Saturday, September 24, 2005
Threaded does his bit for Anglo-Danish relations
Today I found not one, but two obnoxious Danish people and what is more, they are close neighbours and one appears to live in an adjoining property to the one I went to view.
I drove out in one of my Italian tractors and the house is in a wildlife conservation area so not so much on a country road as at the end of a dirt track. Anyways my navigator failed me by not taking me to the front door; an additional reason to drive slowly was because of the pot holes. Eventually reach a fork in the road so I had to stop and ask directions.
I sees a guy out in his garden. Pulls up. Gets out and shows him the picture of the house. "Do you know where this house is?" I enquire.
"This is not a race track." was the reply.
"Wibble?" says I
"This is not a race track."
The chaps wife comes out. I show her the picture, "Do you know where this house is?" I enquire again.
She looks up the road and is starting to tell me when the man starts shouting at her. Another first for Denmark! I have not seen public domestic violence out here. Thought that was another peculiar English custom I would never have to witness again. Anyway the ladies eye movements where good enough directions for me and off I went.
A few hundred meters further there was another fork in the road. Same scenario, except this time it was an older lady who started ranting about horses and children. Whether she liked them or disliked them I could not quite fathom. Decided that discretion was the better part of valour and took an educated guess as to which road to take.
Now the garden for the house is 17213 sq m and heavily wooded so the chances of seeing the neighbour over the garden fence, so to speak, are vanishingly small.
So my question to the congregation is: should I ask for a reduction in the price because of the loonie neighbours or do you think that would actually add value by having genuine banjo playing country inbreeds living next door to my country idyll?
Thursday, September 22, 2005
A funny thing happened on my way to work
When I'm on my way to work I am most definitely quicker than the cars now. Also, they're putting in new cables under the cycle track down Roskildevej. Had to shout to one road worker, "Watch what your doing with that darlin'". He had what looked like a spray can on the end of a stick and was idly swinging it about whilst chatting to some other likewise less-than-busy coworkers. Was worried it might catch on me or the bike as I passed.
He looked up to me with shock on his face. Don't know if it was happenstance, my shout in English, or calling him darlin that caused the sudden disappearance into the freshly dug trench, but he got out of the way, just in time.
Which was nice.
Threaded's third law of bureaucracies
In Denmark the stuff from the Kommune (local council) only comes in Danish, or is that only just...
I relate an amusing story: I had a letter from the Kommune that I found rather baffling, so I had a native dane at work look at it. The language baffled them so much they gave up trying to read it half way through. I then had one of the translators look at it, they could translate it, but what it meant? Hmm, tricky. Next up was a Sognepræst (Vicar) friend look at it, (who happens to be an expert in interpretating meaning from documents written in a variety of Latins, Attic Greek and the Danish language going back hundreds of years,) they hazarded a guess but weren't too confident. Finally I gave it to my lawyer who proceeded to phone the kommune, got through to the lady that wrote the letter, asked them what it meant, and then told me her reply.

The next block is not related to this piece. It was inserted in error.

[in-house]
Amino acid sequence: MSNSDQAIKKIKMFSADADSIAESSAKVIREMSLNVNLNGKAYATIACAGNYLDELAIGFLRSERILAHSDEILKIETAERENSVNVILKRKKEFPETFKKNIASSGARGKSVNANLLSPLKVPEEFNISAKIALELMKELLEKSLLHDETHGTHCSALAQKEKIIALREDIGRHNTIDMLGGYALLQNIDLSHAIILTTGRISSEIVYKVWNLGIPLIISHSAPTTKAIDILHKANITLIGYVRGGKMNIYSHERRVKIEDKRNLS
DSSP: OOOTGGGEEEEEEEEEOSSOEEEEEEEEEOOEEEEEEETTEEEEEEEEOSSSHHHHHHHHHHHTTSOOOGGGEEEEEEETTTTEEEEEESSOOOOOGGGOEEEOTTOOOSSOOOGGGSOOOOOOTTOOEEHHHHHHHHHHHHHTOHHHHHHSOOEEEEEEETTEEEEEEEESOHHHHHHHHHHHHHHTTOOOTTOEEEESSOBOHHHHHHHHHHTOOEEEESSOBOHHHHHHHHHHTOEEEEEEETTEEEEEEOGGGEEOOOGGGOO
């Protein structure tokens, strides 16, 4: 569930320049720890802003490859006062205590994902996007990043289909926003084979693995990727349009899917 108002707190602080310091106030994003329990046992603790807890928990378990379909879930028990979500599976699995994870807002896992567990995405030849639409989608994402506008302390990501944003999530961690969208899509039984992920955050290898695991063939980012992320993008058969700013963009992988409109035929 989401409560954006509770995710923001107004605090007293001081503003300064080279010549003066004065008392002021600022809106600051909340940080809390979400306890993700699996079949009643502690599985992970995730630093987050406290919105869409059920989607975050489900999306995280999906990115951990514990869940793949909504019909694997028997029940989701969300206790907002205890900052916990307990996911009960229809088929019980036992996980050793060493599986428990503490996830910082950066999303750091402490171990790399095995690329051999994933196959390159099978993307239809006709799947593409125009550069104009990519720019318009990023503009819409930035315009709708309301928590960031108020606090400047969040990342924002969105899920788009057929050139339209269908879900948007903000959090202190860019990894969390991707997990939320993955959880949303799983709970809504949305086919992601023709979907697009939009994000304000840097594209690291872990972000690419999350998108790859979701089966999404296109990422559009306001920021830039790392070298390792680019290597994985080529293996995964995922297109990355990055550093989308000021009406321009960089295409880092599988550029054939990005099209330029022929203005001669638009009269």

Anyways, a few days later, I was chatting with one of my neighbours, and they had had the same letter. Confused by it, they too had phoned this same letter writing lady from the council.
Turned out she had told them something quite different from what she had told my lawyer.
Threaded's third law of bureaucracies: They lie, because telling the truth may be helpful.
Be seen, be safe.
I thought how laudable.
Yet, if the car drivers are not looking, how can one be seen in the first place?
Saturday, September 17, 2005
The Information paradox
The Information Paradox was caused by a possible conflict between the general theory of relativity and quantum mechanics after Professor Stephan Hawking announced that black holes consume information.
This theory was otherwise known as the notion that "black holes have no hair". In other words, the size and shape of a black hole depends not on the body that collapsed to form it, but just the mass and rotation. Professor Hawking provides that since the only thing that is left to measure is the mass and rotation much of the information that falls into a black hole is lost.
Finally, the Hawking Radiation that escapes from the boundry of the event horizon emits particles and therefore the black hole suffers a loss to both mass and energy. If this is true, Susskind and 't Hooft postulates that information can be carried out in the Hawking Radiation.
Anyways I believe it is not really a paradox. What Hawking did was try to combine a model of the small scale: quantum mechanics, with with a model of the large scale: relativity, using a mathematical technique developed by Penrose.
So essentially you have a probabilty system shoe horned into a limits system using a platonist system. Small wonder it is all a little confused. When they dump quantum mechanics for something better it will be so obvious: the information is not lost, it stays there, and just cannot be seen.
Winter cycle clothing.
Trousers 700 Dkr, Jacket 800 DKr.
Swallowed hard, thought "Well gotta have it".
Then the shop keepers said that magic phrase so oft heard for Danish shop keepers "Special Pris".